Excitement builds for resurgent Captain
NEW YORK -- Derek Jeter had that just-got-out-of-bed look on his face as he fielded reporters' questions Thursday afternoon, the day before his favorite time of the year.
"I got home at 4:30 a.m.," the New York Yankees' captain said. "I don't even know what I'm saying right now."
You can safely assume Jeter will be fully alert Friday night, when the Yankees play host to the Detroit Tigers in Game 1 of the American League Division Series.
Reggie Jackson and Al Kaline on Thursday.
"It's not fun yet," he continued. "I'm tired, man. We just got in a couple of hours ago, so I'm not excited yet. I'm not ready for it yet. The excitement starts tomorrow."
Not long ago, the thrill seemed gone for Jeter.
First, there were tenuous contract negotiations over the winter. Then there was an abysmal start to the season, the one that prompted pundits to wonder aloud if the 37-year-old was indeed done. And in June, Jeter hurt his right calf, was placed on the disabled list and missed 18 games.
On July 9, five games after he was activated from the DL, Jeter became the 28th player in baseball history to join the 3,000-hit club, going 5-for-5 in the game and blasting a home run for the milestone hit.
And he hasn't looked back.
The day after Jeter's epic performance, manager Joe Girardi defied reporters to doubt that his shortstop couldn't hit .320 the rest of the way.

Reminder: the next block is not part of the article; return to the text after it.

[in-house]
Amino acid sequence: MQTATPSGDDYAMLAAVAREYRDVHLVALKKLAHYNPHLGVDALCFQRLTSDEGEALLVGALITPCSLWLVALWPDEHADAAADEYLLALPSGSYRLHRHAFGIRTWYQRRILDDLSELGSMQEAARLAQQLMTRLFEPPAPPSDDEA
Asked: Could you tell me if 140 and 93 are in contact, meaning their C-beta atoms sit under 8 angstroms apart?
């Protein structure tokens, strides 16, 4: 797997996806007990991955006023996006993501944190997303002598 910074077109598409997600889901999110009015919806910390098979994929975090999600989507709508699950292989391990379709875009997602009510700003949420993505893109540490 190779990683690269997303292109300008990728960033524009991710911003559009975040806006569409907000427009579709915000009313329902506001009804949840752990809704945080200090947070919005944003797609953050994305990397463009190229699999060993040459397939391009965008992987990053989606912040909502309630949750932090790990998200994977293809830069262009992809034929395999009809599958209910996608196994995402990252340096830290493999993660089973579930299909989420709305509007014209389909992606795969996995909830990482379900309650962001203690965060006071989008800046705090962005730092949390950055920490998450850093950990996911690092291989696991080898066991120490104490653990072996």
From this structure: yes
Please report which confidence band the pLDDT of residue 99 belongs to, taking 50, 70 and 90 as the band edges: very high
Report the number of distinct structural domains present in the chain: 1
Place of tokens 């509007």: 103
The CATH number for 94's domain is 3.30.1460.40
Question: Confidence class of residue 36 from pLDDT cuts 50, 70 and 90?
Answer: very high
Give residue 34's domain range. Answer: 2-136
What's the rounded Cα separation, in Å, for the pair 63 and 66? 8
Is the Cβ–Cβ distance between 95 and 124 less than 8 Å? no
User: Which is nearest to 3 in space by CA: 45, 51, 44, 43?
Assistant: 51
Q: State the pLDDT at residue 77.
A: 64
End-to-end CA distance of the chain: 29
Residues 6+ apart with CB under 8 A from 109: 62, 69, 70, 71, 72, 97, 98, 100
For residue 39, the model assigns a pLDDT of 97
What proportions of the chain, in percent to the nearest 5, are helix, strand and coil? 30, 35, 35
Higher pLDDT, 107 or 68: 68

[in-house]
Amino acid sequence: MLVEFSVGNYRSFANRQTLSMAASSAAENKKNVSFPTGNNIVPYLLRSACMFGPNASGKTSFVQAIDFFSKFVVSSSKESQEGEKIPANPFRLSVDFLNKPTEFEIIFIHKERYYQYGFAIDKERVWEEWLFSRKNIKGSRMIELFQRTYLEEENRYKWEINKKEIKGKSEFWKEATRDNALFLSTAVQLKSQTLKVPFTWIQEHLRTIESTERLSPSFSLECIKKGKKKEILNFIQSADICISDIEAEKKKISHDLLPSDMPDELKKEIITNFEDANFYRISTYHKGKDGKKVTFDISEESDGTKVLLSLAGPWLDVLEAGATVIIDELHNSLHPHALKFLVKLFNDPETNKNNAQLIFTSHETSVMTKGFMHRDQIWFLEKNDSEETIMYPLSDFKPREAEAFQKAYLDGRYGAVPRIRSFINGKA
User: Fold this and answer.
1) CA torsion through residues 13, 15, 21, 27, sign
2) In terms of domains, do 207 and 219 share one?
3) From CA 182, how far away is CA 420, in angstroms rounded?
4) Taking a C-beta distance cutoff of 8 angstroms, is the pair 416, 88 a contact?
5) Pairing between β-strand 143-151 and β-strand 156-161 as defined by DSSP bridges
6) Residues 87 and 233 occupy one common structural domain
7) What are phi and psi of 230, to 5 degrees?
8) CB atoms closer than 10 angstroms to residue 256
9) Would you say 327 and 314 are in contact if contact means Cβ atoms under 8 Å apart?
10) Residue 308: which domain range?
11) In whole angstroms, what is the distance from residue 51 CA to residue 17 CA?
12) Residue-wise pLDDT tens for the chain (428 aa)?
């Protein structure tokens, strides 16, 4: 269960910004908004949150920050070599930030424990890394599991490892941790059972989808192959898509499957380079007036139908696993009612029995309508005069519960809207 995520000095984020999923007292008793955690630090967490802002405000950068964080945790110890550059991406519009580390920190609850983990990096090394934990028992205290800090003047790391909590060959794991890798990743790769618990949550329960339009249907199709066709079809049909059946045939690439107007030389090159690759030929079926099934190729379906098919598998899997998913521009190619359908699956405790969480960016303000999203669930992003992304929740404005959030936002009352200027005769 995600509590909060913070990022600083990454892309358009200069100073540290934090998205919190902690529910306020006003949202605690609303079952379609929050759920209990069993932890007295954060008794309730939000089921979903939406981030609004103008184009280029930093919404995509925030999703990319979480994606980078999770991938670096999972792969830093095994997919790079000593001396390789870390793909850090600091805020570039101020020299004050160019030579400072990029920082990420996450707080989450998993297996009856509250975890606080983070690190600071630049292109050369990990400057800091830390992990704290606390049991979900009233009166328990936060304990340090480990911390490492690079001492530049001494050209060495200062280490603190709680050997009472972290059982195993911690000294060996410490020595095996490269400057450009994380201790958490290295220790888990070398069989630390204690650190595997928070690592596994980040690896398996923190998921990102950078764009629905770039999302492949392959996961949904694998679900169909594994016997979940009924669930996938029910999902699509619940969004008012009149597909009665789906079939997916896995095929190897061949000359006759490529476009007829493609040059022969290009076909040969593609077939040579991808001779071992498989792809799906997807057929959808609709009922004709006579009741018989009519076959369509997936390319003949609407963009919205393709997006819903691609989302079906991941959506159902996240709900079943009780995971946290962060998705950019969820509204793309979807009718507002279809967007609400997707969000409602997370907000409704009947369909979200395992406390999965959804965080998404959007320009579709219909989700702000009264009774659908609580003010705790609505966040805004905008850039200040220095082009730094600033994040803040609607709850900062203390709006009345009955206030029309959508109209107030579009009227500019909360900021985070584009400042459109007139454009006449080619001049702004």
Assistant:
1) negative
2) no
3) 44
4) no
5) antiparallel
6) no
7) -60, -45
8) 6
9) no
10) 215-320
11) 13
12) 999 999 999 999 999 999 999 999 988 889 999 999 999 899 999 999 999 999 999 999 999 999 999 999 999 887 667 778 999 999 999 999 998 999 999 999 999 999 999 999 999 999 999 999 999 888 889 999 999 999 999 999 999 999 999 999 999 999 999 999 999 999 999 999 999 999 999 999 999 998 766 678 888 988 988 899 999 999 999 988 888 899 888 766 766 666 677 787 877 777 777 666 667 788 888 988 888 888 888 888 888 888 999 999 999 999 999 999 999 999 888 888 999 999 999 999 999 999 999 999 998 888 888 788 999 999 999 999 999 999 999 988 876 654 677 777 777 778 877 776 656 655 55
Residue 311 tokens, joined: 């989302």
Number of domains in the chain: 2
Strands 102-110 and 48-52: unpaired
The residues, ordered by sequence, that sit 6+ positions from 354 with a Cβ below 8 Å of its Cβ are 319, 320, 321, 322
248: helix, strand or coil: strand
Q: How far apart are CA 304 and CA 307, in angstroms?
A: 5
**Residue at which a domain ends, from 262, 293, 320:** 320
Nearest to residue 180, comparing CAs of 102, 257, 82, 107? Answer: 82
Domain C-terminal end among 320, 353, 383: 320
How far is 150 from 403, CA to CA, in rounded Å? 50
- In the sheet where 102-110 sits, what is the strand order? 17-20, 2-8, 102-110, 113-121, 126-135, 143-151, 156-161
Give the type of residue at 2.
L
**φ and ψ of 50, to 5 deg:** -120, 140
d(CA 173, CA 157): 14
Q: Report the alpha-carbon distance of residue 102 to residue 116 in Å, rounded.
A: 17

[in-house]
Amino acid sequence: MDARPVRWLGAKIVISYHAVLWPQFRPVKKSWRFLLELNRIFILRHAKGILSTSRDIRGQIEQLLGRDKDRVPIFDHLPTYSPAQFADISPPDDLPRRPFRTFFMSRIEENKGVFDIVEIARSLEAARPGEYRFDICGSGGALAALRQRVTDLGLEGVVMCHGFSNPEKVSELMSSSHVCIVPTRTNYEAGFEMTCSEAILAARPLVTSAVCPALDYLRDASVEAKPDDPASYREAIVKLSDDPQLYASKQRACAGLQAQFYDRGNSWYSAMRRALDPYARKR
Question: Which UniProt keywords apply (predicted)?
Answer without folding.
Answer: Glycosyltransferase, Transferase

Jeter did his manager six points better, hitting .326 with an .806 on-base plus slugging percentage in his last 64 games of the season with 17 extra-base hits. The same player who was hitting .256 on July 4 finished the 2011 season with a .297 batting average
As Fox analyst Tim McCarver said last Saturday during a Yankees-Red Sox broadcast, after Jeter homered off Jon Lester: "All of Derek Jeter's critics earlier in the season are hiding under a rock somewhere. A big rock. They've disappeared. You never hear from them. What's happened?"
On Thursday afternoon, Girardi addressed those comments he made back on July 10.
"I just know the quality of person, the quality of the athlete, and what's inside of him," Girardi said. "As I said, I would never doubt Derek Jeter. I don't care how old he is. I really don't. This is a man who has a ton of pride in what he does and works very hard. If it can be overcome, he will find a way to do it."